The down quark is one of the most abundant quarks in the universe: together with the up quark, they form protons and neutrons.
There is a plethora of particles that are bound states of quarks and gluons. These particles are called hadrons, and are classified in baryons, such as protons and neutrons, that are composed of three quarks, and mesons, made up of a quark and an antiquark. The lightest meson is the pion, which consists of an up quark and a down quark. It exists in two charged forms, π+ and π-, and a neutral form, the π0. Pions occur as the lightest mesons in many processes.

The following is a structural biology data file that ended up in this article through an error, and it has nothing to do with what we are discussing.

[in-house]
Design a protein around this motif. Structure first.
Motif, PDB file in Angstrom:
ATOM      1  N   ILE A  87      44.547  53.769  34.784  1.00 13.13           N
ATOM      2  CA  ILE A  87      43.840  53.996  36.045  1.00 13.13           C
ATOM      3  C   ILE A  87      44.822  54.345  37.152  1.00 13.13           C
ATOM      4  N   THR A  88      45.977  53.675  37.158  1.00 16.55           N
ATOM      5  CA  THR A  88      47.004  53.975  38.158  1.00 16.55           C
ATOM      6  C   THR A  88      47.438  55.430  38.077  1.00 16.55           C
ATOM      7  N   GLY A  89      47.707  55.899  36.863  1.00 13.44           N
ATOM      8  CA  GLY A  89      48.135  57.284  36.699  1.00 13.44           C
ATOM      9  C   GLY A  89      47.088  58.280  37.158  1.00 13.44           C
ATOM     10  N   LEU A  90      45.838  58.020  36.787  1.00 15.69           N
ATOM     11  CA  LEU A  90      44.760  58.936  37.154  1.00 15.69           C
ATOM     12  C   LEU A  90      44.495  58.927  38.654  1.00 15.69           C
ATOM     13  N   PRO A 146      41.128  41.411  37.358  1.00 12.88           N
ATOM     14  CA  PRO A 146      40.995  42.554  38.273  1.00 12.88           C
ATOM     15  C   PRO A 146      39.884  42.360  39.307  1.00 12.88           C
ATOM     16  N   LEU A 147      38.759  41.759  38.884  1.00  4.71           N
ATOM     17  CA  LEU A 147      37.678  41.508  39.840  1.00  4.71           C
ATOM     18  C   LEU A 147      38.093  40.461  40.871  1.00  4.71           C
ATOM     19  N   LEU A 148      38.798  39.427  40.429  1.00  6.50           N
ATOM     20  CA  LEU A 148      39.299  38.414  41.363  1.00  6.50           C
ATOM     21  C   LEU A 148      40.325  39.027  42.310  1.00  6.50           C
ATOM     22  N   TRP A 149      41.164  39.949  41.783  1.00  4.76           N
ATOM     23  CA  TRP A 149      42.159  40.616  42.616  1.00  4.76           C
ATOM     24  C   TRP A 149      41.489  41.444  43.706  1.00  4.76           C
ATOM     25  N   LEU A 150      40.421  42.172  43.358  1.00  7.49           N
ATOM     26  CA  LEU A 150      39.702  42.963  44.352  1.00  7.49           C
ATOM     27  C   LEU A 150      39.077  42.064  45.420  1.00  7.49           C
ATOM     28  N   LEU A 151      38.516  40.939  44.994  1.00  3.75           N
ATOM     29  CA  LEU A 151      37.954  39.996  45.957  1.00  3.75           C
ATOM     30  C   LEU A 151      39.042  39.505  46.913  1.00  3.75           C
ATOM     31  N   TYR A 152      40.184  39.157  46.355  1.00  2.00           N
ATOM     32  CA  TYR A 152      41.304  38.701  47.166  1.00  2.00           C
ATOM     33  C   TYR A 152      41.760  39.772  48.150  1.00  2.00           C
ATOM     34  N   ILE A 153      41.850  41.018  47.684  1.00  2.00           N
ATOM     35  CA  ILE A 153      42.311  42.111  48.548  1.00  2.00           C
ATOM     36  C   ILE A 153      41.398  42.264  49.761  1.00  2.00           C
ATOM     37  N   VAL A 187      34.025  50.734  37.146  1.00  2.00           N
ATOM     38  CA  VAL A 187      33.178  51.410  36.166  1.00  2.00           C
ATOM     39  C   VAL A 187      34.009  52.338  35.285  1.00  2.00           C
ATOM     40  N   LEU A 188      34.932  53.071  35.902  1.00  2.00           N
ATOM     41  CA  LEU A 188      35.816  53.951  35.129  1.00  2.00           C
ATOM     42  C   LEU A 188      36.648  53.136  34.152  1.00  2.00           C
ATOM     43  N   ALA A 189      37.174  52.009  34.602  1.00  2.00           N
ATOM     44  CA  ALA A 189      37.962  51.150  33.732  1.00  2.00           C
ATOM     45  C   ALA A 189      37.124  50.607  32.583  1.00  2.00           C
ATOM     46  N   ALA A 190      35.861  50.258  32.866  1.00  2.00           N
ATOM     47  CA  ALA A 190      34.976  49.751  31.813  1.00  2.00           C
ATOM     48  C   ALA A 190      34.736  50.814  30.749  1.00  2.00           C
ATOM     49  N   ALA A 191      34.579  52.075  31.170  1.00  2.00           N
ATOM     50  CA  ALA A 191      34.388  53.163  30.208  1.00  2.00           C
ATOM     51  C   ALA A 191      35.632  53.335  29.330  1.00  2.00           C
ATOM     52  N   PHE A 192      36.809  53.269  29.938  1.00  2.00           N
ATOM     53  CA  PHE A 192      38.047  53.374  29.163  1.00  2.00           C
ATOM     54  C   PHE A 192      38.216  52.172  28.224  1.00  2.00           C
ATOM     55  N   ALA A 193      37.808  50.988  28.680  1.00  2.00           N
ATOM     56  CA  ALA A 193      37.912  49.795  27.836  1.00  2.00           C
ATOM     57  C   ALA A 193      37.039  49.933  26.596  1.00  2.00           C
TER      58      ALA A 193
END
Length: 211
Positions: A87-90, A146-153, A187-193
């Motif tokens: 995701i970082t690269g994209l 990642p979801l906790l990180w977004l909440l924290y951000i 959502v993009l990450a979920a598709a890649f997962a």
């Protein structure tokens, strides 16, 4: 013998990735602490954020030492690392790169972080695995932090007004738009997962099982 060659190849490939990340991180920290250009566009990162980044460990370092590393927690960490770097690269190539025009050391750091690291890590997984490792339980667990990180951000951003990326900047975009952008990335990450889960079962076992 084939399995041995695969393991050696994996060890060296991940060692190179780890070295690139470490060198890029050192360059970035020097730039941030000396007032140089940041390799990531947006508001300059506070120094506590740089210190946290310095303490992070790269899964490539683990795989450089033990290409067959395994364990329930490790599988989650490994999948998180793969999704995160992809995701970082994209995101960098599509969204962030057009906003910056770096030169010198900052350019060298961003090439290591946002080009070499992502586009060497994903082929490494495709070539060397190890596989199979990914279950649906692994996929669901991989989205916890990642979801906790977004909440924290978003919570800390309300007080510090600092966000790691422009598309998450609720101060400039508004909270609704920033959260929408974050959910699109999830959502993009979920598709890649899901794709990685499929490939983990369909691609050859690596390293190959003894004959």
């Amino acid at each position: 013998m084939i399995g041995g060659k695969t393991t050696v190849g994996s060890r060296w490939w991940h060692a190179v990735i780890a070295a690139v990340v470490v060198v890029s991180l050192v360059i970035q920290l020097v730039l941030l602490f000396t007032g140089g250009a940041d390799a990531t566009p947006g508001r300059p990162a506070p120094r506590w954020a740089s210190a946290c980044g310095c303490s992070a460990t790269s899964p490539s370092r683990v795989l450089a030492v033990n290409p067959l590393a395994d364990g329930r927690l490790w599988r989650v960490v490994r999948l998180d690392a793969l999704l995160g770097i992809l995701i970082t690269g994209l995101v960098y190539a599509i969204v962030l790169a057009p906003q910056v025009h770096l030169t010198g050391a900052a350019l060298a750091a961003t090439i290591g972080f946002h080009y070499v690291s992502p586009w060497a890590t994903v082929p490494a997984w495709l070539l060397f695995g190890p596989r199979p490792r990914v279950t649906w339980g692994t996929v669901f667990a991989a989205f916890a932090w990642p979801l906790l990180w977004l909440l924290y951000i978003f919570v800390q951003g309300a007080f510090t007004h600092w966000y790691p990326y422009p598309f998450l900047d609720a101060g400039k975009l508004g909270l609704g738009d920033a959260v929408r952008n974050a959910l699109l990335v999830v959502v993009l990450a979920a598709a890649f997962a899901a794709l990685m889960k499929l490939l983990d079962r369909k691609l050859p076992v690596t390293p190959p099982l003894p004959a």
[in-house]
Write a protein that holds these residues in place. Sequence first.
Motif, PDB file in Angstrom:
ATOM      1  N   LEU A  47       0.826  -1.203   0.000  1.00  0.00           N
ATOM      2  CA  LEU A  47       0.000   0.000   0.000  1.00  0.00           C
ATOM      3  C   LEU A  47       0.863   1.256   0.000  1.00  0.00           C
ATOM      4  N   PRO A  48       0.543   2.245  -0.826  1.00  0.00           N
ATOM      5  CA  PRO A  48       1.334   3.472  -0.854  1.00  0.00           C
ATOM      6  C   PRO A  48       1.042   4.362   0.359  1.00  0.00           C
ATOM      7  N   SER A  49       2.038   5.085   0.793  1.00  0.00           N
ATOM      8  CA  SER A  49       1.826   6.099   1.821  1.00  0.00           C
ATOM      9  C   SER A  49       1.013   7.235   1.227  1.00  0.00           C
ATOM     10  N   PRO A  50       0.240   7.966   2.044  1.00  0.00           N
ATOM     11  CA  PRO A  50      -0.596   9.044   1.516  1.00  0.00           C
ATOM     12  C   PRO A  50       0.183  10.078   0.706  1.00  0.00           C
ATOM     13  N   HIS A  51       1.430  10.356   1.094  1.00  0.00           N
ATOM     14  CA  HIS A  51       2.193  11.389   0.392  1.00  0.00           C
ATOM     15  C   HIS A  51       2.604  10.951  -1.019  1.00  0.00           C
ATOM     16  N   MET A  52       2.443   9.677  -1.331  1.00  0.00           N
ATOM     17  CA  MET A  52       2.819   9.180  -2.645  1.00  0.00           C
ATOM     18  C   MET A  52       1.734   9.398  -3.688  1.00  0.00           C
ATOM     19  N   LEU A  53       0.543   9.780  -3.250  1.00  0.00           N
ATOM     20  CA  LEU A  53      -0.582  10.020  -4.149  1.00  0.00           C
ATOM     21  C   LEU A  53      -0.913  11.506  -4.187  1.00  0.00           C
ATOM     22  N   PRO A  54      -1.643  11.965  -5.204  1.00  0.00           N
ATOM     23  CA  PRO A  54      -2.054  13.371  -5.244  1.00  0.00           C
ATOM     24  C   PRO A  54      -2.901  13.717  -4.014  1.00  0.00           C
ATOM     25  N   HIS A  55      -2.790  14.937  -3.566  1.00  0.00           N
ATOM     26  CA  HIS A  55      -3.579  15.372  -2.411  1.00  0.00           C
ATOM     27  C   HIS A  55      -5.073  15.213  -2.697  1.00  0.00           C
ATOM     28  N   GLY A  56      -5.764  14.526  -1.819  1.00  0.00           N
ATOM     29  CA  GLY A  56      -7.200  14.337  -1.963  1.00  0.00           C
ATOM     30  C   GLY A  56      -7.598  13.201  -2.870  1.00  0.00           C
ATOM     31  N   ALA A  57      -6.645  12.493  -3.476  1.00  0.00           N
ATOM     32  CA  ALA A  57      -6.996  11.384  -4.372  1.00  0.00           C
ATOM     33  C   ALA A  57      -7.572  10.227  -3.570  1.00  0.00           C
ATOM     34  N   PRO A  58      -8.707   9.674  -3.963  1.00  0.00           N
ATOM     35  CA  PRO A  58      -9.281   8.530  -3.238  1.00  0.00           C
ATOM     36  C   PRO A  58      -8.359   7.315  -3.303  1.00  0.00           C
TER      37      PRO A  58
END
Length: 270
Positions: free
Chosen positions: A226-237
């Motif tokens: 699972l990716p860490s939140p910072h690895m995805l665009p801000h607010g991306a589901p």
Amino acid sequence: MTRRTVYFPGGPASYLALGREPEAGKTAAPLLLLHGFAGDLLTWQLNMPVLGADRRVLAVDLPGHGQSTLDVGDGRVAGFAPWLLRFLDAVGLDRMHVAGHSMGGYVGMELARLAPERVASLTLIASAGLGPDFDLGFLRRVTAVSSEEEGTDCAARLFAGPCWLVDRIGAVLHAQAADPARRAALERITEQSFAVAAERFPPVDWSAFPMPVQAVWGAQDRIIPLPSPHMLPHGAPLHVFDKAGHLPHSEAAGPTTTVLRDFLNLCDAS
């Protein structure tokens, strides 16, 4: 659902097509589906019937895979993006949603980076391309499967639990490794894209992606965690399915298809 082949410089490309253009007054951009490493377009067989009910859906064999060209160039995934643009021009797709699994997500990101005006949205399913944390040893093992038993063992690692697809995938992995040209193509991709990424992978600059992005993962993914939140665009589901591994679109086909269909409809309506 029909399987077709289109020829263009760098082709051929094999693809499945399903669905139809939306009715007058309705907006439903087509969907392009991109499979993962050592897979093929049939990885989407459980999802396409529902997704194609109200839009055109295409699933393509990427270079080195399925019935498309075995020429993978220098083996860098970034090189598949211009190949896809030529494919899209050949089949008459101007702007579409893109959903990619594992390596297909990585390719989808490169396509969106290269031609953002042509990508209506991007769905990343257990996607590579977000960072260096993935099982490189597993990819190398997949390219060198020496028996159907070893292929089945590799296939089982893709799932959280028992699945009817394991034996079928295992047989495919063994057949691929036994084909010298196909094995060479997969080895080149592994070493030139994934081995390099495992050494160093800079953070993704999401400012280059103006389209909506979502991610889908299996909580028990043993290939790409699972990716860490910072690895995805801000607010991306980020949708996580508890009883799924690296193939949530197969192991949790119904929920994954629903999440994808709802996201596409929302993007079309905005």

In the 1960s, many new particles were discovered in particle physics. The vast majority decays often after very short lifetimes. To bring order to this particle chaos, M. Gell-Mann and G. Zweig postulated the existence of up and down quarks in 1964, suggesting that particles are bound states of quarks and formalising a categorisation of the new particles. Five years later, the lightest quarks (up, down and strange) were discovered at the particle physics centre SLAC in California.
The name “quark” comes from the passage “Three Quarks for Muster Mark!” from a novel by J. Joyce.